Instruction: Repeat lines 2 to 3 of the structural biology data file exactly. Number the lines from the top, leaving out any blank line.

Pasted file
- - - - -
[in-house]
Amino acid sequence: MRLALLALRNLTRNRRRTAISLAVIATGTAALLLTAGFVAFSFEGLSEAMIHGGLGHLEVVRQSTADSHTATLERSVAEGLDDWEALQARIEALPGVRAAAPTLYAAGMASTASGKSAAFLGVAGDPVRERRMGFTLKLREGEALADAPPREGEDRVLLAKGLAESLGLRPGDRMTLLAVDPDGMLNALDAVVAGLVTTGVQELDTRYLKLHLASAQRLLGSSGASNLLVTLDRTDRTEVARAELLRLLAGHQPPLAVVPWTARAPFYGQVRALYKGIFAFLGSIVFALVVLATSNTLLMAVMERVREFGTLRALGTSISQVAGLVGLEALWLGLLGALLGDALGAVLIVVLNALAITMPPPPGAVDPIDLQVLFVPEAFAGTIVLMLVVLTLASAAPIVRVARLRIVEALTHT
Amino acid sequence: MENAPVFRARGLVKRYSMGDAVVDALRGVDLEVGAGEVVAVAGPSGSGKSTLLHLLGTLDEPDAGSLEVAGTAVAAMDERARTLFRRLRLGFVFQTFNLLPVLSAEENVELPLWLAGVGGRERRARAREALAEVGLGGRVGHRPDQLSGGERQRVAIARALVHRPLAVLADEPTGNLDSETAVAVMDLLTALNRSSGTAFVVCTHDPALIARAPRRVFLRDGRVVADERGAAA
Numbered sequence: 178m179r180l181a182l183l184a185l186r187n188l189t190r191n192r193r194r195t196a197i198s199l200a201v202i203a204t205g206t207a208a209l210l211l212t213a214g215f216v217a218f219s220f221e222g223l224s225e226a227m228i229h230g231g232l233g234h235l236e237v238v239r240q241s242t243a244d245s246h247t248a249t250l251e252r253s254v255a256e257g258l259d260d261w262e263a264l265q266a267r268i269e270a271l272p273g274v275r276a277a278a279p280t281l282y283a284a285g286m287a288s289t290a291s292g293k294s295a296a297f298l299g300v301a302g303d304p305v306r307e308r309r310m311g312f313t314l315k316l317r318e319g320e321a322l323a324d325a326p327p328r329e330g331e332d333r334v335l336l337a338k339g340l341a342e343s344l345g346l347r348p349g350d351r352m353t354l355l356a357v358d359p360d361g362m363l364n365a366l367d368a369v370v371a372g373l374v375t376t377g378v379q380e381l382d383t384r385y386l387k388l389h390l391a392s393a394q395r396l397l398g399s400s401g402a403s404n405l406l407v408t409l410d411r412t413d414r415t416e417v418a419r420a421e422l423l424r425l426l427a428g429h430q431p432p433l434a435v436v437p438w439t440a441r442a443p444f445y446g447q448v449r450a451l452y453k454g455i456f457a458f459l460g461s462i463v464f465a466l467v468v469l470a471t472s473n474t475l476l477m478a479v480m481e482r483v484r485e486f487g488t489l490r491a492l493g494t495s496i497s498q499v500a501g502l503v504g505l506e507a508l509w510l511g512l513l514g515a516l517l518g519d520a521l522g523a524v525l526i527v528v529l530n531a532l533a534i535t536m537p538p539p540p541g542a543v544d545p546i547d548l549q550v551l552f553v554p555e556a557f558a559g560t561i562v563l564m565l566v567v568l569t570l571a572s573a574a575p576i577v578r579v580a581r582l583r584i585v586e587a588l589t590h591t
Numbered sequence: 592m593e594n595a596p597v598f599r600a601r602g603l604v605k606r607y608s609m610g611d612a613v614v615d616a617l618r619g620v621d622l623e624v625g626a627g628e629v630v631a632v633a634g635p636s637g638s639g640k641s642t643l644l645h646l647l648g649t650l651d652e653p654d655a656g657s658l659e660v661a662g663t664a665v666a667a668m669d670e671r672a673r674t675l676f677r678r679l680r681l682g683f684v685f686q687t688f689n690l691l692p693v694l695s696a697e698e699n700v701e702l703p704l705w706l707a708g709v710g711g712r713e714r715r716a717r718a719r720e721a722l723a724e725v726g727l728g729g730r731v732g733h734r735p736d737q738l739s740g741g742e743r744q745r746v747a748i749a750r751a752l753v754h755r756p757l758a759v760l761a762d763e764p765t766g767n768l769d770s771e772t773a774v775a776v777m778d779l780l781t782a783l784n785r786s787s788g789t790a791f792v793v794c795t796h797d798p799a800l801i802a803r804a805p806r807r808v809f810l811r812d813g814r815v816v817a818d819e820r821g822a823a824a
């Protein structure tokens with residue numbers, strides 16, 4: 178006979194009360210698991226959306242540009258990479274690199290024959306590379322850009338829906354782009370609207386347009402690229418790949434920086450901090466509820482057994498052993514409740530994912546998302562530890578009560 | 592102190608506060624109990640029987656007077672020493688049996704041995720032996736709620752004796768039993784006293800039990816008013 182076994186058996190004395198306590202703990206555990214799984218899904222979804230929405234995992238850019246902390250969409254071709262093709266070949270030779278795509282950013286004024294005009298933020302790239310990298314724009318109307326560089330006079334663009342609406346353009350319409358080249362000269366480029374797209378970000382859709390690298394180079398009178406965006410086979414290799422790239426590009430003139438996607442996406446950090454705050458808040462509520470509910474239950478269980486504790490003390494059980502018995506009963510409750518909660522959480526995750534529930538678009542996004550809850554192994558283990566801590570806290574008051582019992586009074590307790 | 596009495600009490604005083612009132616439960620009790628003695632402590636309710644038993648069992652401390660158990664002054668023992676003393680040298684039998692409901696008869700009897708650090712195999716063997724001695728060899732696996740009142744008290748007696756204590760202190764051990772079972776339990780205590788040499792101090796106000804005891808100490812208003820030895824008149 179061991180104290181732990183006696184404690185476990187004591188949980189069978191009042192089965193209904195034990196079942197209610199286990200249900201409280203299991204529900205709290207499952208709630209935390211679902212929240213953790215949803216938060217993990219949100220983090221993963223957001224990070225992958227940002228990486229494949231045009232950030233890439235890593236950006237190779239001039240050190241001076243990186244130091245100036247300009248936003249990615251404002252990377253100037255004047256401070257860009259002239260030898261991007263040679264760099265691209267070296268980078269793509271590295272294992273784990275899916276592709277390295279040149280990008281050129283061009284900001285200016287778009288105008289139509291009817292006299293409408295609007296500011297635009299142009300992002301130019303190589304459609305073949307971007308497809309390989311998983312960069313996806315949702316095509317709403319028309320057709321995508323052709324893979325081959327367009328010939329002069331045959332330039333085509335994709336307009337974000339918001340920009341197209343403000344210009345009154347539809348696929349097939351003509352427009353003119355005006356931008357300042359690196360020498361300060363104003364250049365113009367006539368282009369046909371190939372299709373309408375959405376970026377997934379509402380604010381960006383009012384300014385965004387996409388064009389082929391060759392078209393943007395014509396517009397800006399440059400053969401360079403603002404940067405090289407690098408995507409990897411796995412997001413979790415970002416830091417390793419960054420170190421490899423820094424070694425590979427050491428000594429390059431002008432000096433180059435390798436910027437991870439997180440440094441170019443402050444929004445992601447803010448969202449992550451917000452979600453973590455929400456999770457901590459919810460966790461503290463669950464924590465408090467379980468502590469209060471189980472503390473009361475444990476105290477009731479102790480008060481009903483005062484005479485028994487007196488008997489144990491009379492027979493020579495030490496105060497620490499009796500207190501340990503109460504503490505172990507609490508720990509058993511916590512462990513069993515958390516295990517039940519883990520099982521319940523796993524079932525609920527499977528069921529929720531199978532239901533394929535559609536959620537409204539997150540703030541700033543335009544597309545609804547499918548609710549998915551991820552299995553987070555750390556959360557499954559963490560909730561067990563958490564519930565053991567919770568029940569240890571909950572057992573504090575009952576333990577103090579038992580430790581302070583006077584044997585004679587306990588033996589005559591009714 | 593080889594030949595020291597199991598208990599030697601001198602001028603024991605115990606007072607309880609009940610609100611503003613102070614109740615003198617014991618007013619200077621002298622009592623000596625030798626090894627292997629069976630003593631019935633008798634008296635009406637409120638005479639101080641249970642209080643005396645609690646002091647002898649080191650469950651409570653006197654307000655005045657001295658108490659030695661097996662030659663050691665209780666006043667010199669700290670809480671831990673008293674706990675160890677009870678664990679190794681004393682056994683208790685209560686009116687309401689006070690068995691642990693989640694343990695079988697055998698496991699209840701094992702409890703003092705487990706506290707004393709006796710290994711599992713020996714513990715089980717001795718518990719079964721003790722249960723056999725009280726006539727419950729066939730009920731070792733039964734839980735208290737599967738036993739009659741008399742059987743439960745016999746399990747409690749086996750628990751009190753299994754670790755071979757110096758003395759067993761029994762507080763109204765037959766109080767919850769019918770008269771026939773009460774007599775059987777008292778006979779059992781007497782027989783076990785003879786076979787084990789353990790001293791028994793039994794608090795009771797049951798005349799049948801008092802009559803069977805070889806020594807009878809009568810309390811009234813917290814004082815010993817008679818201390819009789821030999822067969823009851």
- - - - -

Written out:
Amino acid sequence: MRLALLALRNLTRNRRRTAISLAVIATGTAALLLTAGFVAFSFEGLSEAMIHGGLGHLEVVRQSTADSHTATLERSVAEGLDDWEALQARIEALPGVRAAAPTLYAAGMASTASGKSAAFLGVAGDPVRERRMGFTLKLREGEALADAPPREGEDRVLLAKGLAESLGLRPGDRMTLLAVDPDGMLNALDAVVAGLVTTGVQELDTRYLKLHLASAQRLLGSSGASNLLVTLDRTDRTEVARAELLRLLAGHQPPLAVVPWTARAPFYGQVRALYKGIFAFLGSIVFALVVLATSNTLLMAVMERVREFGTLRALGTSISQVAGLVGLEALWLGLLGALLGDALGAVLIVVLNALAITMPPPPGAVDPIDLQVLFVPEAFAGTIVLMLVVLTLASAAPIVRVARLRIVEALTHT
Amino acid sequence: MENAPVFRARGLVKRYSMGDAVVDALRGVDLEVGAGEVVAVAGPSGSGKSTLLHLLGTLDEPDAGSLEVAGTAVAAMDERARTLFRRLRLGFVFQTFNLLPVLSAEENVELPLWLAGVGGRERRARAREALAEVGLGGRVGHRPDQLSGGERQRVAIARALVHRPLAVLADEPTGNLDSETAVAVMDLLTALNRSSGTAFVVCTHDPALIARAPRRVFLRDGRVVADERGAAA